That’s right, England is a race of Caucasians and has been for thousands of years, until about 60 odd years ago, with moves like this one Goves pulling.

  • andagain

    So he has no idea how to run the country, but he says it in an entertaining way?

    If it is true that democracy is a way of giving the people the government they deserve, I suppose he will win.

  • OffPiste

    Nothing stirs my politics more than a middle-aged man in a Barbour and an Argyle sweater. Oh Nigel, whisper gently in my ear your views on the Lisbon Treaty, you devil.

    • the viceroy’s gin

      I think brother Nige has an image consultant working on that working class look. That argyle is a stretched and worn hand-me-down, and it may be older than he is. And that button down shirt he’s wearing under the argyle has surely never touched an ironing board. I think Nige is going for the Rodney Dangerfield look.

  • telemachus

    UKIP is the last hope for the dying breed of real Englishmen and women. And those of us on the left in the three main parties are well aware of that. I think it is all too late, but some of my contacts in the senior ranks of the Labour Party are still afraid that it might not be.

    Of course it will be said that you vote UKIP and get Labour, but those of us engaged in politics know that a vote for any of the three main parties will produce a socialist government. This is the great success of the Common Purpose revolution.

    The residual fear among some of my comrades in the Labour and Conservative pseudo-Parties is that you vote UKIP and get Labour, then you vote UKIP and get Labour, and then you vote UKIP and get UKIP.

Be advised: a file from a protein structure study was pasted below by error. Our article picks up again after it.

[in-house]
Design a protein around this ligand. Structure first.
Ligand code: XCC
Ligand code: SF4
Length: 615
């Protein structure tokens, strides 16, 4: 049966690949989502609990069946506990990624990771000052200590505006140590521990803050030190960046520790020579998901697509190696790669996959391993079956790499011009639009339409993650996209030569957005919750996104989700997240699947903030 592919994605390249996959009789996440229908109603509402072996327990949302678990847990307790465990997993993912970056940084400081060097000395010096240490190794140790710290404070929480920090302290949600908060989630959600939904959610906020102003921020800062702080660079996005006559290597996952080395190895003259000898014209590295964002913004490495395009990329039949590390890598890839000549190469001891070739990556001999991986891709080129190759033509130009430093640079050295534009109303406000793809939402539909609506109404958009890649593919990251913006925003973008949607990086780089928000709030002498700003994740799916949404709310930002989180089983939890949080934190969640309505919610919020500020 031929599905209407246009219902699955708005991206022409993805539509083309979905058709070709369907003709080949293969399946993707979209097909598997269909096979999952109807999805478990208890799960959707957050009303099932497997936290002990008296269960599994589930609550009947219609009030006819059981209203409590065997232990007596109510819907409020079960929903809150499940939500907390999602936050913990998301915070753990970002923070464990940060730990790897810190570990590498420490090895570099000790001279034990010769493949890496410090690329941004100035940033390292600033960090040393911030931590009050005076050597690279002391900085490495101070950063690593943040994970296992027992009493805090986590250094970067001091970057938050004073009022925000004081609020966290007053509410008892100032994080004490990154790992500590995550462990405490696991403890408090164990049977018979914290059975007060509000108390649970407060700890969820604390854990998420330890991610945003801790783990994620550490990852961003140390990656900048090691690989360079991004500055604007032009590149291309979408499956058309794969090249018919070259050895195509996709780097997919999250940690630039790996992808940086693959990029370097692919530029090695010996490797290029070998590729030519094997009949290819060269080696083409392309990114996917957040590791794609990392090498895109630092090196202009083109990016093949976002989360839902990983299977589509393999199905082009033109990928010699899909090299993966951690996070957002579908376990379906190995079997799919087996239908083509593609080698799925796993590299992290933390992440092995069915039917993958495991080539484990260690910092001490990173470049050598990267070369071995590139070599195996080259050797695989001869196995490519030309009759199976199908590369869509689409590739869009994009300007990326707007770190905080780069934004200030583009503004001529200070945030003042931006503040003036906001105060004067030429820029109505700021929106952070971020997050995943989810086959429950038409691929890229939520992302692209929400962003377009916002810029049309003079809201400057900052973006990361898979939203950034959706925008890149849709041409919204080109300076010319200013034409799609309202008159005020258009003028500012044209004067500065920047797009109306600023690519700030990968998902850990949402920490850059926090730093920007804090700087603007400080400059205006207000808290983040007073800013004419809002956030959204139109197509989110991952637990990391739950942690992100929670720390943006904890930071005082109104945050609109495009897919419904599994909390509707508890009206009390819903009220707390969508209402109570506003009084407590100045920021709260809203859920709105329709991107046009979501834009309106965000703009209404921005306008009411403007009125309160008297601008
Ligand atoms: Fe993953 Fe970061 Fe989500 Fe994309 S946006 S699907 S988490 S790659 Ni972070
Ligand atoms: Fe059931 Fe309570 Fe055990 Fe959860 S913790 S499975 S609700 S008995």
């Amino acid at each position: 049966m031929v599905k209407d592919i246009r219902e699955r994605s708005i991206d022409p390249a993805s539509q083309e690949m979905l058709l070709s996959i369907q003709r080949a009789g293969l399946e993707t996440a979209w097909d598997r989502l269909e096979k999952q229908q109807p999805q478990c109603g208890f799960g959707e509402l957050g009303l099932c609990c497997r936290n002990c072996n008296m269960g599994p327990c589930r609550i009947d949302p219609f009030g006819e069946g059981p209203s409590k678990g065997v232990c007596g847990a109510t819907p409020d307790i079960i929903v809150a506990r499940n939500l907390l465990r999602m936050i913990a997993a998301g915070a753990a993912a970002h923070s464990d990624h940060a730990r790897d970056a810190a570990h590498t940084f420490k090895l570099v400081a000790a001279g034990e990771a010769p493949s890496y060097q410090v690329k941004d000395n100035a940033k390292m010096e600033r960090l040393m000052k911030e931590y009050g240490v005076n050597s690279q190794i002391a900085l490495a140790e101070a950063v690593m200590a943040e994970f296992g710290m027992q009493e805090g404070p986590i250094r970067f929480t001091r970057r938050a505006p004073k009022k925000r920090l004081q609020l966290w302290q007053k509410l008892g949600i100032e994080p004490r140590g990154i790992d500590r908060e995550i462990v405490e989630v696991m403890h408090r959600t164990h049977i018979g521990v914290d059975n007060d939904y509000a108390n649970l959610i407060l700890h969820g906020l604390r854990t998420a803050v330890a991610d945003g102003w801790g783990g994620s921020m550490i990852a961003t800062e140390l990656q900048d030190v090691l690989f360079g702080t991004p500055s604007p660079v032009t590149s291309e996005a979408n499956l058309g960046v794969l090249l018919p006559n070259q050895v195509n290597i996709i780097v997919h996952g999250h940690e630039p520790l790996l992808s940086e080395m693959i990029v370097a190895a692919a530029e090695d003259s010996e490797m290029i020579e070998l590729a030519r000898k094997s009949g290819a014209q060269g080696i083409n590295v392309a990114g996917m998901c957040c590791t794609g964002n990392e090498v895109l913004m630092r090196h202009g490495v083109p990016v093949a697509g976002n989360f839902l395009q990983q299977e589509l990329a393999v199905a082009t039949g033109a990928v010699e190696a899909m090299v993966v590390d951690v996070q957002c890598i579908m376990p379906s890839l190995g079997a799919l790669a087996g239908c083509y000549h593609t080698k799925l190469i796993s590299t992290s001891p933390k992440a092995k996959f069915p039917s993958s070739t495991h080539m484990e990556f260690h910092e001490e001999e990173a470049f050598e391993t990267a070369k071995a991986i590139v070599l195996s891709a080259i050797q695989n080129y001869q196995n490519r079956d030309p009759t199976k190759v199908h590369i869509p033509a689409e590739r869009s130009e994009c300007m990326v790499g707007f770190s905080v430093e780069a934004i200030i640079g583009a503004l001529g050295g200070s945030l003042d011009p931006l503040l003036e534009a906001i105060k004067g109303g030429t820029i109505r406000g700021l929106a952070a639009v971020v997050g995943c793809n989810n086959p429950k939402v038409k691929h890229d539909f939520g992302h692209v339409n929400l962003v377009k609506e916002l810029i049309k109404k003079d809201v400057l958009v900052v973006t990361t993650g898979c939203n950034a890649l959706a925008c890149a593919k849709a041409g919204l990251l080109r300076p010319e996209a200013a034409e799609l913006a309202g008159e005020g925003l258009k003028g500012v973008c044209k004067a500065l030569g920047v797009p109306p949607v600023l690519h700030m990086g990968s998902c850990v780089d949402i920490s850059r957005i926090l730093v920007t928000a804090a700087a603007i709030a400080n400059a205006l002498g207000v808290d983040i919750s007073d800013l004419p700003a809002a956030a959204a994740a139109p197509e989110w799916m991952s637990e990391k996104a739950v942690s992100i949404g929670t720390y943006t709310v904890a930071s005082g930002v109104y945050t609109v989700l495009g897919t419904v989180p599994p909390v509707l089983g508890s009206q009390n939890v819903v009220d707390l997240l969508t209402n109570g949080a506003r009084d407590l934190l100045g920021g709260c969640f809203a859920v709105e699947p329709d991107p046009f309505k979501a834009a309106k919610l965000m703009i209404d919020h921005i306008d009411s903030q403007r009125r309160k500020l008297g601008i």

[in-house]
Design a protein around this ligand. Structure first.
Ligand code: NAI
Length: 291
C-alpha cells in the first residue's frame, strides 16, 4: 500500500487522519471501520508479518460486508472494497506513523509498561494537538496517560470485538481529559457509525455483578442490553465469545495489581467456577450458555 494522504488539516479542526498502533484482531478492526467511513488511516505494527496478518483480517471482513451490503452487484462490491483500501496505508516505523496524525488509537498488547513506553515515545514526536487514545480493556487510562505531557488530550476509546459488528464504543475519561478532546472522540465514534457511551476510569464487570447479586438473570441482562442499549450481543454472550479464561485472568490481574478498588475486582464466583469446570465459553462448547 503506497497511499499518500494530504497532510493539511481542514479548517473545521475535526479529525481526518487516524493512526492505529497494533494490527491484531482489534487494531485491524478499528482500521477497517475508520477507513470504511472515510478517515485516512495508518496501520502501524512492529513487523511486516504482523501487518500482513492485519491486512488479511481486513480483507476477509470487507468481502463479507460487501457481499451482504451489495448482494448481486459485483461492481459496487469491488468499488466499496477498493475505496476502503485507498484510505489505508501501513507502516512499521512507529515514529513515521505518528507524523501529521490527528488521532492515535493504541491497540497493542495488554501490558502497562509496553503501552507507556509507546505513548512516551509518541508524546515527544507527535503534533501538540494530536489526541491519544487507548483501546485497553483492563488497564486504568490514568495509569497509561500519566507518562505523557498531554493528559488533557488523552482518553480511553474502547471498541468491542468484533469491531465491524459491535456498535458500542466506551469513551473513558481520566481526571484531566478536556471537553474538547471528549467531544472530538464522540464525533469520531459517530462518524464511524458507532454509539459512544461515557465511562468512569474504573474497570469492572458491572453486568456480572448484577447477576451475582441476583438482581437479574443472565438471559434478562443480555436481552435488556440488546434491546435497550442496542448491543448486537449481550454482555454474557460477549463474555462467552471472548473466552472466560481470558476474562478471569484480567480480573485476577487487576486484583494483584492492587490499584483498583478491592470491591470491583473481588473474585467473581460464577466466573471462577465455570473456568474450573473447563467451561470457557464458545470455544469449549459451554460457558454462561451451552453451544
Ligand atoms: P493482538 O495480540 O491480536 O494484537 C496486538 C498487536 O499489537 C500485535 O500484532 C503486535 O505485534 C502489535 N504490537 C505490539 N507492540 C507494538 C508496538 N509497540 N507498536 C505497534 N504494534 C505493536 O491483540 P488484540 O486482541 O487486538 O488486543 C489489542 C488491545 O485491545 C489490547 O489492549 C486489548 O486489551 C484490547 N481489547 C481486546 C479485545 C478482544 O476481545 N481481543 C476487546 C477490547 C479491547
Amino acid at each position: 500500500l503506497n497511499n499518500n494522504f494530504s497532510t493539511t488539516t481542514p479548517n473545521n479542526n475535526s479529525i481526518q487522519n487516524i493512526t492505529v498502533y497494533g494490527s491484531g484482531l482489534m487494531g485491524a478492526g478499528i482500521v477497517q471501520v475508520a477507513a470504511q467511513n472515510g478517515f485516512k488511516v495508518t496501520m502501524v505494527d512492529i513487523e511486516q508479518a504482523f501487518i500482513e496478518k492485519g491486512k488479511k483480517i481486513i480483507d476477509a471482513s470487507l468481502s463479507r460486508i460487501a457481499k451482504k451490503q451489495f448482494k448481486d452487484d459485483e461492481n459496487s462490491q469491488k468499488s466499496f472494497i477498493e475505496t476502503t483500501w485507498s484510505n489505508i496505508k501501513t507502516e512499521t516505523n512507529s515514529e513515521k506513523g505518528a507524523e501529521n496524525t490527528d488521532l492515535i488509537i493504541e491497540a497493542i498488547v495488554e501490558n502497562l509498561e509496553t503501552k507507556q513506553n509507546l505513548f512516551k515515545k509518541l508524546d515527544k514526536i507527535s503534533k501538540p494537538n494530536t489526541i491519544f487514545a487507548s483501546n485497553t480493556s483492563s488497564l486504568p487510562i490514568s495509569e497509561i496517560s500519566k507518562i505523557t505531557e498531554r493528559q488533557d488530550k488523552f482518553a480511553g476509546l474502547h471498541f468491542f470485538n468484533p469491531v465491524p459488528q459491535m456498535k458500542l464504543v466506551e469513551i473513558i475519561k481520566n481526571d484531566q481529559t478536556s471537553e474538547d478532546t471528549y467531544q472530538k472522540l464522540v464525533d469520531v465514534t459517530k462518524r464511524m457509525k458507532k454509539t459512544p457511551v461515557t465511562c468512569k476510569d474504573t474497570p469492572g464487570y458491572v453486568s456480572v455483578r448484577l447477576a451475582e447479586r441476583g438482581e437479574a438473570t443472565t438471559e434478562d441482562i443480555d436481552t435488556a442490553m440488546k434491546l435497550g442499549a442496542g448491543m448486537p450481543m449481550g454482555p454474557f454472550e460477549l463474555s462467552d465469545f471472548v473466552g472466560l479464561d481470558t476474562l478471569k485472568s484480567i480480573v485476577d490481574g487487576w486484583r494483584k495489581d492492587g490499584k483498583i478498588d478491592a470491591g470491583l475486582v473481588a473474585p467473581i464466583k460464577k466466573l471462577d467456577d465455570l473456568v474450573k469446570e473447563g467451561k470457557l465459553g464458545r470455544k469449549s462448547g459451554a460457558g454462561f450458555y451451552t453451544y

Those with principles will vote according to them, however touchingly useless such principles are. Those interested in power and wealth and influence have long abandoned principles. UKIP is perhaps the last opportunity for principle to oppose political pragmatism. I think it too late. But there are senior contacts in the main parties who have made it clear that UKIP is still considered enough of a threat to the revolution to require some PR activity, although nothing will be done of course.

    • tele_machus

      Although perhaps half correct, this is not tele

      • Wessex Man

        I’d pay to see you two in a boxing ring, problem being I supose is that it would be shadow boxing!

    • Russell

      many of the slightly brighter labour voters will support UKIP in both 2014 and 2015, and no doubt cause the removal of some labour MEP’s and MP’s as well as Tory MEP’s and MP’s. The only party they won’t damage is the LIbDems, but their share of the vote is smaller than UKIP no anyway according to all polls..

      • ButcombeMan

        In my local, ex LibDems are talking the UKIP talk. I cannot say yet, they will walk the walk. The Council elections may tell us. Not all Libdems (curiously ) are in love with the EU.

        They are as pissed off with Clegg as i am with Cameron & Boy George

        • HookesLaw

          pissed off with Clegg for not being left wing enough and so are going to vote right wing extremist?
          Really?

    • HookesLaw